Lavender essential oil - Lavandula angustifolia

The Lavender plant is a woody evergreen shrub, up to 1 meter tall, with pale green, narrow linear leaves and violet blue flowers. The entire plant is covered with oil glands, which are in the star shaped hairs that cover the plant. Lavender has been used since ancient times, and the Romans added lavender to their bath water, hence the name from the Latin lavare, 'to wash'. Differences in soil, altitude and temperature, precipitation and seasons contribute to subtle changes in the scent from one lot of Lavender to another.


Tea tree essential oil

The Lavender plant is a woody evergreen shrub, up to 1 meter tall, with pale green, narrow linear leaves and violet blue flowers. The entire plant is covered with oil glands, which are in the star shaped hairs that cover the plant. Lavender has been used since ancient times, and the Romans added lavender to their bath water, hence the name from the Latin lavare, 'to wash'. Differences in soil, altitude and temperature, precipitation and seasons contribute to subtle changes in the scent from one lot of Lavender to another.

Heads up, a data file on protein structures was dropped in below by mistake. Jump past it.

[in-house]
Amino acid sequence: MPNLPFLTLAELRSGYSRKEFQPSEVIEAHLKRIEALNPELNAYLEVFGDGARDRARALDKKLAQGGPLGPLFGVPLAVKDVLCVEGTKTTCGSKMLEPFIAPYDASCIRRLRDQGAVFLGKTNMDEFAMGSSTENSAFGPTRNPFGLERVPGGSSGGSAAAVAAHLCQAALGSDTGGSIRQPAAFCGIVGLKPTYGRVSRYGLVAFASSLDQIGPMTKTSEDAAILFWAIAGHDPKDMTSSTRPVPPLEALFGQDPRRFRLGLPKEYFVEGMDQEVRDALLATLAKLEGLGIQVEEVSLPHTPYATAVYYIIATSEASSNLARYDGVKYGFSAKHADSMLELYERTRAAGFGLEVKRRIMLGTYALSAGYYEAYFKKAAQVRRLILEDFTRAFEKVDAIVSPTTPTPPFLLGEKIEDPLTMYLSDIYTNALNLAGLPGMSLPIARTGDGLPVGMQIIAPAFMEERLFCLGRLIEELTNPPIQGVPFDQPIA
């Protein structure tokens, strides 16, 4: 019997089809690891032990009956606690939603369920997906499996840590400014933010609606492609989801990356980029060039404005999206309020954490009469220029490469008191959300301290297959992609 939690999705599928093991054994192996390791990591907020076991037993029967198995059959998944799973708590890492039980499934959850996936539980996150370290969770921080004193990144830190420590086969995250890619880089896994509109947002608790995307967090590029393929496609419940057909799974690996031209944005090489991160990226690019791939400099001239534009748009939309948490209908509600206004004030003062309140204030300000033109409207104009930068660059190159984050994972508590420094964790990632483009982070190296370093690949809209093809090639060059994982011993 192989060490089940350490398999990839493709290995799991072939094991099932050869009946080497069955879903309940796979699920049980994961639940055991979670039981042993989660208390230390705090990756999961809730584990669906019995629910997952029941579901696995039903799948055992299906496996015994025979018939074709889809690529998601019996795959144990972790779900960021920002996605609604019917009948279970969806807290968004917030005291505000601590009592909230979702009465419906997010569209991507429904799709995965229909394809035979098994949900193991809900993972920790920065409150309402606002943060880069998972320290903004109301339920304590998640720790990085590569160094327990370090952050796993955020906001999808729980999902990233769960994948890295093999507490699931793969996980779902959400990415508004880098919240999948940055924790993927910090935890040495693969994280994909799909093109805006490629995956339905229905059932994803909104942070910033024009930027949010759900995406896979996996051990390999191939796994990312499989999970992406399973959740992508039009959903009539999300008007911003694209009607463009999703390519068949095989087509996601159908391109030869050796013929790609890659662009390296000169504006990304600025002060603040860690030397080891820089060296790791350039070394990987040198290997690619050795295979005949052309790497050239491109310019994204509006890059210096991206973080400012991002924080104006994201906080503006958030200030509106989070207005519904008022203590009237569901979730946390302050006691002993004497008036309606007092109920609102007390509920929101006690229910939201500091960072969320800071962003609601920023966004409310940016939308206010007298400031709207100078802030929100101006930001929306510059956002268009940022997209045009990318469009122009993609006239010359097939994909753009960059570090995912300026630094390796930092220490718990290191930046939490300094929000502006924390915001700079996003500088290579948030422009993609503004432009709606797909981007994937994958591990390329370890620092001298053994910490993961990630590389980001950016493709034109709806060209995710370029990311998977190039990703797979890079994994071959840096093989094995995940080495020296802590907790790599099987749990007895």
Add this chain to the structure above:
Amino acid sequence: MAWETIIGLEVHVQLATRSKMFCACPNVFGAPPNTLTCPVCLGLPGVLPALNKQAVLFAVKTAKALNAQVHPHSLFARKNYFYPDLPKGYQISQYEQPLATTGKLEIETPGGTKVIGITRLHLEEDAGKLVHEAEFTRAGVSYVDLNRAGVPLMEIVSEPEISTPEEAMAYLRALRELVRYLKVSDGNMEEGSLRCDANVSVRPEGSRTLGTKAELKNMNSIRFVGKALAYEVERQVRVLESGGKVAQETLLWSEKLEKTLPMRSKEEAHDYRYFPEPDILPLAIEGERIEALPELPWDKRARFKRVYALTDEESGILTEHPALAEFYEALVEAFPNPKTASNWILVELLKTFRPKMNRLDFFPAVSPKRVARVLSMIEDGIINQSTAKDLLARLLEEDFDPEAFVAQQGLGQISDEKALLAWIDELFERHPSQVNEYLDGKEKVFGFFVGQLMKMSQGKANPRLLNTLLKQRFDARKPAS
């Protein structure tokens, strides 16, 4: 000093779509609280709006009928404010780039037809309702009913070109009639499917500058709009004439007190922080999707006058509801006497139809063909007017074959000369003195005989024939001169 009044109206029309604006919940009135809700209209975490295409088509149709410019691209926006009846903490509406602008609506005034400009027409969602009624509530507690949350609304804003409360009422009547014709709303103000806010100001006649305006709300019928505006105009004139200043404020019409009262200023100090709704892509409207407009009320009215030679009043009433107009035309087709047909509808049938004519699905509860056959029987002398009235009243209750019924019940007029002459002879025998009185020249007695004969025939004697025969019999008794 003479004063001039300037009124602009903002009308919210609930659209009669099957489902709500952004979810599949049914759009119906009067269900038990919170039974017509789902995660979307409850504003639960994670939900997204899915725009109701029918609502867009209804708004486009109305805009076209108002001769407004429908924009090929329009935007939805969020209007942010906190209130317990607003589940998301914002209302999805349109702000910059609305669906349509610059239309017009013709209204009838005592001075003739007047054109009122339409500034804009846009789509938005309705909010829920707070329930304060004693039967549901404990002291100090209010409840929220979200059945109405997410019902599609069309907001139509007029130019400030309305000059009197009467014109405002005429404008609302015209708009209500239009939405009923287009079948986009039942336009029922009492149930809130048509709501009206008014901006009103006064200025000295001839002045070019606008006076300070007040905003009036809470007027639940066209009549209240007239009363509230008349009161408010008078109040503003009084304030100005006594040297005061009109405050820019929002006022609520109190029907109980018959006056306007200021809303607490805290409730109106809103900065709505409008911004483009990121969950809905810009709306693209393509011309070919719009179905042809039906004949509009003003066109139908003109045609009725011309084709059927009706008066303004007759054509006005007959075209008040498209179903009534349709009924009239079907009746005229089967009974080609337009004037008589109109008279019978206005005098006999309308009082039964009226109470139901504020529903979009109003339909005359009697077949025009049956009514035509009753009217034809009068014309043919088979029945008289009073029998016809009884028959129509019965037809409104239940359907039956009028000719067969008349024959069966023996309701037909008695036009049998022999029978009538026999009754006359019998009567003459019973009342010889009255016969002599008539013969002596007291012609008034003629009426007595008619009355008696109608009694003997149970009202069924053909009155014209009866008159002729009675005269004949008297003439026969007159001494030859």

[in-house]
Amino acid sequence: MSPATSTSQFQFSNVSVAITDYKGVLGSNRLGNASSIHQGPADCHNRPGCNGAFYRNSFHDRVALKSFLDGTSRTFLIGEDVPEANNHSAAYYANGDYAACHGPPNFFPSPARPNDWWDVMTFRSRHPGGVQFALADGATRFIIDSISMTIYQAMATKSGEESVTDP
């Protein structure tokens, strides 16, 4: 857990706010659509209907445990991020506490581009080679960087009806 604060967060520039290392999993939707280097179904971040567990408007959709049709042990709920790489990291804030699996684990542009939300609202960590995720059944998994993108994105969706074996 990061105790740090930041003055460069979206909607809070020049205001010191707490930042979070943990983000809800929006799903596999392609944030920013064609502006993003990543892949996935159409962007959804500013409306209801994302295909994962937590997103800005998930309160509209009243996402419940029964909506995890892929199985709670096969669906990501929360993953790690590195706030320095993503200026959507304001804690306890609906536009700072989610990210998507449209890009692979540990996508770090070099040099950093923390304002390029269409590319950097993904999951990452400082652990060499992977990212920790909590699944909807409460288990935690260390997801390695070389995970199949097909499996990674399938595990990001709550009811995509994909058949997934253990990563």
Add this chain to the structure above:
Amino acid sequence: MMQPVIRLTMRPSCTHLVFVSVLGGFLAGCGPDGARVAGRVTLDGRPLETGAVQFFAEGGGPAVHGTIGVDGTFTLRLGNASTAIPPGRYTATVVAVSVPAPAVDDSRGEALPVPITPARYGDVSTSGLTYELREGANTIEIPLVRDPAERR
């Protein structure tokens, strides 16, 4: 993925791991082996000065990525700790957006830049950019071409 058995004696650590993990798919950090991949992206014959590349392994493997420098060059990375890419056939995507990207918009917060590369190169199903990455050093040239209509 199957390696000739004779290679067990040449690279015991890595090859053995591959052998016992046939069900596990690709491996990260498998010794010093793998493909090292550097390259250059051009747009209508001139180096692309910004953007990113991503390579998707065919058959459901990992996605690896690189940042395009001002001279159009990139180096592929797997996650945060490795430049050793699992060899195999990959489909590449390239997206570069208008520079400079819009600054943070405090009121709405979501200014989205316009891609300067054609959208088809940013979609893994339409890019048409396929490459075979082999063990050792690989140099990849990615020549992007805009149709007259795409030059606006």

Sweet orange essential oil

The Lavender plant is a woody evergreen shrub, up to 1 meter tall, with pale green, narrow linear leaves and violet blue flowers. The entire plant is covered with oil glands, which are in the star shaped hairs that cover the plant. Lavender has been used since ancient times, and the Romans added lavender to their bath water, hence the name from the Latin lavare, 'to wash'. Differences in soil, altitude and temperature, precipitation and seasons contribute to subtle changes in the scent from one lot of Lavender to another.


The Lavender plant is a woody evergreen shrub, up to 1 meter tall, with pale green, narrow linear leaves and violet blue flowers. The entire plant is covered with oil glands, which are in the star shaped hairs that cover the plant. Lavender has been used since ancient times, and the Romans added lavender to their bath water, hence the name from the Latin lavare, 'to wash'. Differences in soil, altitude and temperature, precipitation and seasons contribute to subtle changes in the scent from one lot of Lavender to another.